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Basic Lobster Cooking

Cooking Lobsters

by Sidney Carlisle

Selecting and Cooking Lobsters

Finding the perfect entrée for a special holiday gathering can be a chore. Turkey, ham or even goose may be required for a family meal, but when planning a menu for guests most of us want to serve something unique. Lobster fits the bill nicely since almost everyone likes it and not everyone will attempt to prepare it at home.

Lobsters are easy to cook, a fact not often shared among friends. While they may be broiled or grilled, they are also delicious when just boiled or steamed. Boiling is probably the simplest method, as long as a large stockpot is available, and the cooked lobsters need only melted butter as an accompaniment.

Acquiring decent lobsters may be a challenge, but even that is manageable if you know where to look. Unless you live on the east coast of the U.S., live lobsters are available three ways: from a fishmonger, from a supermarket tank or from an air freight purveyor. Fishmongers are few and far between in Texas, leaving most of us to choose from the tank or splurge on the more expensive freighted lobsters.

Lobsters shipped by air arrive at their destination the day after they're caught and are guaranteed to be fresh and lively. Supermarket lobsters can actually exist for weeks in a store's closed system tank, an ordeal that can leave them sluggish. They lose weight if held for long and the claw meat begins to shrink, so it's important to choose carefully to get a healthy lobster. Many lobster fans believe there's a big difference in the taste and that shipped lobsters are well worth the price.

Timing can be important when ordering lobsters by air. Although the lobsters are carefully packaged in special containers for air travel, they can survive for only about 36 hours. Shippers recommend that the lobsters be cooked and served on the day they arrive. If that's not possible, the lobsters should be partially cooked and then refrigerated until needed. They will need to be dropped back into boiling water to finish cooking. While instructions may differ from shipper to shipper, live lobsters packs should contain complete directions for their preparation.

Lobster tails are also popular with savvy cooks. Tails may be easier to obtain than fresh lobsters since upscale seafood markets either keep them in stock or have a source for special orders. They are almost always frozen and are available in sizes ranging from 3 to 24 ounces. Once thawed, they may be served grilled or boiled. The meat from the tails may also be used in recipes specifying cooked lobster meat.

Whether you opt for a box of live lobsters or are dealing with tails, the following should guide you through the cooking process. And for great grilled lobster, try the recipes shared by Dan Zawacki. The founder of Lobster Gram (www.livelob.com), Dan ships lobsters all over the world. He's known in culinary circles as Dan the Lobster Man and as the ultimate lobster cook. Enjoy!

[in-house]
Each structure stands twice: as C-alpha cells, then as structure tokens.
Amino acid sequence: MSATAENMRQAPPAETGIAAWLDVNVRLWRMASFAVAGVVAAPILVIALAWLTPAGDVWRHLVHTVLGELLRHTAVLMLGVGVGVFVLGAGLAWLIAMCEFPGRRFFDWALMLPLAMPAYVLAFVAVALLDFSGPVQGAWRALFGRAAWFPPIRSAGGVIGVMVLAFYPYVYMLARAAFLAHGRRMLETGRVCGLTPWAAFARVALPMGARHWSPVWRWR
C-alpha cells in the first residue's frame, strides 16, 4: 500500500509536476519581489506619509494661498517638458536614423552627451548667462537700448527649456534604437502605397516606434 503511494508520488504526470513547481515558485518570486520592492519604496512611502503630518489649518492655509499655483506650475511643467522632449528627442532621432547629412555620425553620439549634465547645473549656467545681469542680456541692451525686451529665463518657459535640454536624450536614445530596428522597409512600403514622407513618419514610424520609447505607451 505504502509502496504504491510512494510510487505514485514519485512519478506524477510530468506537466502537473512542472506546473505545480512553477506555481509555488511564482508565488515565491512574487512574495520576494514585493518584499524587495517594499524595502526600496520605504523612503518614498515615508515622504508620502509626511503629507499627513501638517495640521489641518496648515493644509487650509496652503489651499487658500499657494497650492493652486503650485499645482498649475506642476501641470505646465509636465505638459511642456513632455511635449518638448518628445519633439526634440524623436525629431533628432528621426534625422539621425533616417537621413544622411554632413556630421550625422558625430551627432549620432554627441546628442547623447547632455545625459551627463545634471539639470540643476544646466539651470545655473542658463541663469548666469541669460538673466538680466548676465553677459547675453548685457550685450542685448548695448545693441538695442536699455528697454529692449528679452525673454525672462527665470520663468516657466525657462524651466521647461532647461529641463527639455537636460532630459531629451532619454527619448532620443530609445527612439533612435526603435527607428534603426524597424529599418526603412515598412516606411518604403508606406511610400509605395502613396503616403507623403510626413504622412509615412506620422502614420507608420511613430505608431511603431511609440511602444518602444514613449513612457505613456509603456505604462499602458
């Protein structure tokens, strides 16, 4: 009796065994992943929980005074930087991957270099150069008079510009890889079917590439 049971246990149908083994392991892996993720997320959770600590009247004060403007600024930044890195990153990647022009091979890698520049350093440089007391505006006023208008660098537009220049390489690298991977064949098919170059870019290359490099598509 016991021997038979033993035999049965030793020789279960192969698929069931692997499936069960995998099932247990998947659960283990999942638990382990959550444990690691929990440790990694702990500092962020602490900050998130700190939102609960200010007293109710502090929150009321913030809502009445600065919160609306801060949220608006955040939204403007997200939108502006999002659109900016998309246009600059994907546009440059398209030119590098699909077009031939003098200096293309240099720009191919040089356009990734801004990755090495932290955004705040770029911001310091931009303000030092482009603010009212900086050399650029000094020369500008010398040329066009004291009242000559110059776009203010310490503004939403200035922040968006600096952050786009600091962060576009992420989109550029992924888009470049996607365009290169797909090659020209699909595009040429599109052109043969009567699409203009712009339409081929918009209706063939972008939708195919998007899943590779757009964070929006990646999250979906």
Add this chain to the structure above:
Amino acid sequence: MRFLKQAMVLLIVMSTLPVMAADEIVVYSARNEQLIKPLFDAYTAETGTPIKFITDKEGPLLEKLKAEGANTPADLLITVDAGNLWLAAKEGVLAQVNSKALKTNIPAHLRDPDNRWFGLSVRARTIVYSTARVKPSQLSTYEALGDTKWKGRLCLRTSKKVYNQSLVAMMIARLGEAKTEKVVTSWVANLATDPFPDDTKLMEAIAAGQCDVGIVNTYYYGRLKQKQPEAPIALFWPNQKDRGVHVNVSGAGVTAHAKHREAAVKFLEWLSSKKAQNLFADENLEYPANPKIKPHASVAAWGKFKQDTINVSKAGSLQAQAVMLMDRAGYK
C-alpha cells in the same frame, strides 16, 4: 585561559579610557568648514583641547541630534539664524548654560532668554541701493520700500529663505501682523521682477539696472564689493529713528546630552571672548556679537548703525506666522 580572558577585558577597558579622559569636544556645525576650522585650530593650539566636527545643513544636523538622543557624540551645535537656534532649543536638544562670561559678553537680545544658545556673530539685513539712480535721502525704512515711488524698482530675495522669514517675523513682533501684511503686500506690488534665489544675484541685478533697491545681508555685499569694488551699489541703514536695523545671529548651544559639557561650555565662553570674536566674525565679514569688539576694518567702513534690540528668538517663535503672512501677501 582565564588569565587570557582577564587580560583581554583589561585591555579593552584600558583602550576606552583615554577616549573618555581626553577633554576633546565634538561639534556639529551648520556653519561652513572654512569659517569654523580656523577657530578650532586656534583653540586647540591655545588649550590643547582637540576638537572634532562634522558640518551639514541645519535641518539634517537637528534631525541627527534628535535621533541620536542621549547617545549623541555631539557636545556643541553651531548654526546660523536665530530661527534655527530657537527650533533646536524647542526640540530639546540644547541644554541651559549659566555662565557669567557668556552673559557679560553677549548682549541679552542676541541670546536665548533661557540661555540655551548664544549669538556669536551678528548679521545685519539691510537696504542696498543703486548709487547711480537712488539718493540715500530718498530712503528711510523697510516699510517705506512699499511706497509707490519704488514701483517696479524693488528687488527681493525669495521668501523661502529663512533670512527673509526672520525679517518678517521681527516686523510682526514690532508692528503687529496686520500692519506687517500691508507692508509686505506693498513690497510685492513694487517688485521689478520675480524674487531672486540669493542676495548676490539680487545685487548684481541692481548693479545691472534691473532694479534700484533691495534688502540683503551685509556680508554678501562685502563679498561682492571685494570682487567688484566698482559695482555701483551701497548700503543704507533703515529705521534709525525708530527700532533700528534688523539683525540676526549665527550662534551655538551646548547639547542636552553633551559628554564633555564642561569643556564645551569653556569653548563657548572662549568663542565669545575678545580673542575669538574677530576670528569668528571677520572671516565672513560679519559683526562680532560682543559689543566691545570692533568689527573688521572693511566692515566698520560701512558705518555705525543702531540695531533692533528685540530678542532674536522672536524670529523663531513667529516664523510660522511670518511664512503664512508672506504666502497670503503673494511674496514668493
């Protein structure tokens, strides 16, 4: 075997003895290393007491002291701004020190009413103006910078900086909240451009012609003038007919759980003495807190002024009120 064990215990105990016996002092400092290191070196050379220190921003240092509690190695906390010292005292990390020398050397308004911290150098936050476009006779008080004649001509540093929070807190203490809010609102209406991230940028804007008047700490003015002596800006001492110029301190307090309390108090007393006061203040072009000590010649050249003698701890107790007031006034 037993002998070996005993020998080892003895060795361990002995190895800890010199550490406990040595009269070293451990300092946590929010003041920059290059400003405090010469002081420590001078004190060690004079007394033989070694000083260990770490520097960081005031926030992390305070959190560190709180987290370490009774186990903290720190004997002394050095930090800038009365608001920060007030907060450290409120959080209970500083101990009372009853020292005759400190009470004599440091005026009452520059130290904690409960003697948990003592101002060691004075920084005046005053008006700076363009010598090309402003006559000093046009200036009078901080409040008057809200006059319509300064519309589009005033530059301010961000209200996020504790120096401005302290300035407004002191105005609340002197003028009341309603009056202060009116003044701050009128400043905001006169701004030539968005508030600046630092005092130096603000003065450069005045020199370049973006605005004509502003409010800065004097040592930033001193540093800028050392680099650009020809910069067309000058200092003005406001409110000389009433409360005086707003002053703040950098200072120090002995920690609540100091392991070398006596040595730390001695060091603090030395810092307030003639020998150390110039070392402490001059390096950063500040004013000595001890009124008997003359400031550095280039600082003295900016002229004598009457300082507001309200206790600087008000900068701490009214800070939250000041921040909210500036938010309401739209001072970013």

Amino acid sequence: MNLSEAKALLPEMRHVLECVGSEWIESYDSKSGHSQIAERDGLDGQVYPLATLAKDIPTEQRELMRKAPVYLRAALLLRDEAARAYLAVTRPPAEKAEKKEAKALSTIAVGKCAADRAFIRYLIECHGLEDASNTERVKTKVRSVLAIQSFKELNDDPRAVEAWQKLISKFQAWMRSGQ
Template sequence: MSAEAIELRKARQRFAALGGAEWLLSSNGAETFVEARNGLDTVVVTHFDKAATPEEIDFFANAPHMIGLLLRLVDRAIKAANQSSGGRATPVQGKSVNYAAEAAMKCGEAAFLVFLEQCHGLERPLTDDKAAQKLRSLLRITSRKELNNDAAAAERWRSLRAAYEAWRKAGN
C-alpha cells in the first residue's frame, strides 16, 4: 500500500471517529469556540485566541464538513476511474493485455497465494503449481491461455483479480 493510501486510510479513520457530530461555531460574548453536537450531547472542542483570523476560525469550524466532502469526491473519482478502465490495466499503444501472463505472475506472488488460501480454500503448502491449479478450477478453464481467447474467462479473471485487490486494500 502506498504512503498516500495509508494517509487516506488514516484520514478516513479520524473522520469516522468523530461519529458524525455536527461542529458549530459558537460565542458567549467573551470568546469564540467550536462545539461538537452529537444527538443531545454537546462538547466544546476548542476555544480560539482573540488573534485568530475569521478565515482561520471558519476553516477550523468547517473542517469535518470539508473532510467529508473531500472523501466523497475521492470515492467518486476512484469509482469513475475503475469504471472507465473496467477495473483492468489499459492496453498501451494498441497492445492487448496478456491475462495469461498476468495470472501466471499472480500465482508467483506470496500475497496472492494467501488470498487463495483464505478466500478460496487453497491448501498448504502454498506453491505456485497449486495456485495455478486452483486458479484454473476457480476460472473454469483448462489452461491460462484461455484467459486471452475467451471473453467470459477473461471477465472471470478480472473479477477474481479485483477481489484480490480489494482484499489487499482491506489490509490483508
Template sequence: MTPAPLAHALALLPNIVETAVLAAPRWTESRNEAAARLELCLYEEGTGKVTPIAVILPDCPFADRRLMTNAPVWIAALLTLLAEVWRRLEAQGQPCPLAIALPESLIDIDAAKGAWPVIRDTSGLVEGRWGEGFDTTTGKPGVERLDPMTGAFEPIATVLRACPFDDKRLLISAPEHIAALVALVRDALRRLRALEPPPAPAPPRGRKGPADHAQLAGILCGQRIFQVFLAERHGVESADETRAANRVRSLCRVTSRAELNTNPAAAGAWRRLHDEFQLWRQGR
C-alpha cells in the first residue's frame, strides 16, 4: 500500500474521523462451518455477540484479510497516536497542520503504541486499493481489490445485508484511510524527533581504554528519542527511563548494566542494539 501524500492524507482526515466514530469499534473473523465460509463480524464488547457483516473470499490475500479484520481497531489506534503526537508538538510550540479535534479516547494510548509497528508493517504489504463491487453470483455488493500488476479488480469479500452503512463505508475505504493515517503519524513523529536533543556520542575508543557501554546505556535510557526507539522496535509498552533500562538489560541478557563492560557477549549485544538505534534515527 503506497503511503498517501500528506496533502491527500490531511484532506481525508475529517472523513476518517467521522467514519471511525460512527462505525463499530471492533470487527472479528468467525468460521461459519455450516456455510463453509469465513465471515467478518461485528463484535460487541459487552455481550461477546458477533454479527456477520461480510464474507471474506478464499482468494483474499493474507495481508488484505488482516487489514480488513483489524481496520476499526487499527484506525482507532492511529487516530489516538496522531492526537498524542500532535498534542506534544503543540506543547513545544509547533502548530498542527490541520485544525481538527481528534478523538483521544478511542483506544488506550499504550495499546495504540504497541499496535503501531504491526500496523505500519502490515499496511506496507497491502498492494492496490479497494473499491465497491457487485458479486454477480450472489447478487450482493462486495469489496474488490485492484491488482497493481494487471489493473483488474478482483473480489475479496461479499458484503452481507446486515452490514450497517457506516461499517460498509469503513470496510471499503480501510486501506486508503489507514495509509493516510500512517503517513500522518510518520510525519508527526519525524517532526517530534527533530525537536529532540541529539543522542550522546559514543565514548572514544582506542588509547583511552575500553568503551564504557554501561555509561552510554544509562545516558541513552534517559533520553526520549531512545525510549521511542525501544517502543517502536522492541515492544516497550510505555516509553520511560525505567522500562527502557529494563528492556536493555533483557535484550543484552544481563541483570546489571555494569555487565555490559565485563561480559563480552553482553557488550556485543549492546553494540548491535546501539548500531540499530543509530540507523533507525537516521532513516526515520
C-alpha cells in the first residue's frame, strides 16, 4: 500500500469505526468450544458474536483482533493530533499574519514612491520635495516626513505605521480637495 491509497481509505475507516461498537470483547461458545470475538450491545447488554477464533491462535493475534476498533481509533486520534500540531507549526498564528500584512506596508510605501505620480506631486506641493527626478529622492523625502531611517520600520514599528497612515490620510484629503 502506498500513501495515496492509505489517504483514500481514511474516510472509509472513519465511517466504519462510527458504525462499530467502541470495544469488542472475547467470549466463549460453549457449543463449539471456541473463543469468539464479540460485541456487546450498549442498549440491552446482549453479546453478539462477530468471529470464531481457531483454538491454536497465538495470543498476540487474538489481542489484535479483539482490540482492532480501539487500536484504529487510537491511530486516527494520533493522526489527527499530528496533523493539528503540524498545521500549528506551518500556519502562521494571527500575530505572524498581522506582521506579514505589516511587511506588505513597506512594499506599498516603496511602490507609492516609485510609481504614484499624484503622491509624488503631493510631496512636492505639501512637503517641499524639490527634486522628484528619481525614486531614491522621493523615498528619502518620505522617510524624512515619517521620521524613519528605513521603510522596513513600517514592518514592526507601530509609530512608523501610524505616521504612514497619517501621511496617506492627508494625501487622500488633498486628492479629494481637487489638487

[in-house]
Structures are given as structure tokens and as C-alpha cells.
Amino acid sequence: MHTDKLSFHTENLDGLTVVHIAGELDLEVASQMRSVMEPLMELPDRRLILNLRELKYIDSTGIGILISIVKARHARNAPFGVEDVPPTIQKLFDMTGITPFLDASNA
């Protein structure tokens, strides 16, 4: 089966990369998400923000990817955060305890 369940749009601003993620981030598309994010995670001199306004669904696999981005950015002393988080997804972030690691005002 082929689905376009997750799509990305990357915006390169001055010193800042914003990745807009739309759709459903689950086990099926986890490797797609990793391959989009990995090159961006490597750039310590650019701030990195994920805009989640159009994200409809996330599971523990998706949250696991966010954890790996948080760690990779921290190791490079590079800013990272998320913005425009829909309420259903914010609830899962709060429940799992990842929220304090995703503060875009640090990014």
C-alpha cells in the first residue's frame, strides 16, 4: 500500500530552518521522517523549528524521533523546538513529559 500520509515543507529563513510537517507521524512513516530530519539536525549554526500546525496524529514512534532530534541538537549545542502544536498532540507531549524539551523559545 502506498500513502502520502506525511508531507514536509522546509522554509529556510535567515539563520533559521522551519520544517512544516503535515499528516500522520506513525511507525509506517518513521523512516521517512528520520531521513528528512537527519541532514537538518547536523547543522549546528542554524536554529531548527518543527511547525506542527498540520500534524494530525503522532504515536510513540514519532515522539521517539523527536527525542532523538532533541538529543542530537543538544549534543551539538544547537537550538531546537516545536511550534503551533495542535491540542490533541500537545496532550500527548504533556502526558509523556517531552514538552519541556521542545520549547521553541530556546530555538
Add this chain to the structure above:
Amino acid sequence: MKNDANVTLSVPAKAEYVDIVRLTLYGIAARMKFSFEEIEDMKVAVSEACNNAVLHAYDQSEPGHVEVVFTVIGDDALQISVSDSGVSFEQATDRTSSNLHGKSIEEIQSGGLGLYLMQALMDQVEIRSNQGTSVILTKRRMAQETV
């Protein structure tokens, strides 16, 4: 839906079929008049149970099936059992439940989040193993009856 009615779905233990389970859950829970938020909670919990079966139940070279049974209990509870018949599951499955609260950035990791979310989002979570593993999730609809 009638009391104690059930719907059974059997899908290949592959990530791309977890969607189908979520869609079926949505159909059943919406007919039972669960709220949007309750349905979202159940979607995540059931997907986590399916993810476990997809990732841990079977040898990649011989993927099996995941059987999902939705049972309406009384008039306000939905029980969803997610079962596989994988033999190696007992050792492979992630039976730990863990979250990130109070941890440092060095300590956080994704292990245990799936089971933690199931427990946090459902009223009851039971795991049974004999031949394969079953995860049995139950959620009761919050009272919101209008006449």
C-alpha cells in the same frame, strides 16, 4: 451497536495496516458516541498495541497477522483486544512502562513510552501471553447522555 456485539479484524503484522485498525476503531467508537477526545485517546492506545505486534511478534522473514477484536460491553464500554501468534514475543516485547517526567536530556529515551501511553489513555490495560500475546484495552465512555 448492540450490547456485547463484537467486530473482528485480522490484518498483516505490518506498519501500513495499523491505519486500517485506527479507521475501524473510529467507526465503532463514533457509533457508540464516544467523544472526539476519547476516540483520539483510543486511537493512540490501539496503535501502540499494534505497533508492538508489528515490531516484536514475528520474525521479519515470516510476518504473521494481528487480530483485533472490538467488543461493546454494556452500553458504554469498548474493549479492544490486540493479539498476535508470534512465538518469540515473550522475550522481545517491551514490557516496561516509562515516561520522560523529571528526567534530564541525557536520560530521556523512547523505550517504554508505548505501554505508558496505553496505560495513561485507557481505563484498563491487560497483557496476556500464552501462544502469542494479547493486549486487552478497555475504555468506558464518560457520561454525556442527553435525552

To Boil Lobster

Use a pot big enough to hold 6 quarts of water and two lobsters at a time. (You can get large stock-pots from Amazon by clicking here) Bring the water to a boil. Drop the lobsters in headfirst and cover the pot. Once the water returns to a boil, cook 10 minutes for the first pound of lobster and 3 minutes for each additional pound. (If the lobsters weigh 1-1/2 pounds each, they will be done in about 12 minutes. Base the time on the weight of one lobster, not the total weight.) Remove the cooked lobsters from the pot and drain before serving.

To Steam Lobster

Place a rack in the bottom of a pot that will hold the lobsters without crowding. Add two inches of water and 1 tablespoon of salt. Cover the pot and bring the water to a boil. Add the lobsters and cover the pot. Weight down the lid so the steam doesn't escape. Once the water returns to a boil, cook about 14 minutes for 1 pound lobsters, adding 2 minutes per 1/4 pound on lobsters heavier than 1 pound. Base the time on the weight of one lobster, not the total weight.

To Cook Lobster Tails

Thaw the tails in the refrigerator or in a bowl of cold water. Bring a pot of water to a boil. Add the lobster tails and bring the water back to a boil. Cook 7 minutes for 5-ounce tails, 7-1/2 minutes for 6-ounce, and about 8 minutes if the tails weigh 8 ounces.

Maine Lobster on the Grill by Dan Zawacki

For two grilled lobsters, fill a stockpot with enough water cover the lobsters. Bring the water to a boil and plunge the lobsters headfirst into the water. Cover the pot. When the water returns to a boil, cook for 6 minutes. Turn the lobsters on their backs, shell side down. Use a sharp knife to cut through the middle of the soft shell, but don't cut through the back shell. Pour melted butter and lemon right onto the meat. Crack the claws and pour additional melted butter and lemon on the claw meat. Grill the lobsters over medium-high heat with the shell side down for 8 to 10 minutes. Serve immediately.

Grilled Lobster Tails by Dan Zawacki

Thaw the desired number of lobster tails. Insert a metal skewer into each tail lengthwise to keep it from curling. Drop the tails into a large pot of boiling water and set a timer for exactly 4 minutes. Remove from the water and lay the tails on their backs. Use a sharp knife to cut the soft top shell lengthwise down the middle without cutting through the back shell. Pour melted butter and lemon onto the meat. Grill, shell side down, over medium-high heat about 7 minutes for 6-ounce tails and 8 minutes for 8-ounce tails.

Sidney Carlisle lives on a ranch in Meridian, Texas

Get a great stock-pot for your kitchen from Amazon by clicking here
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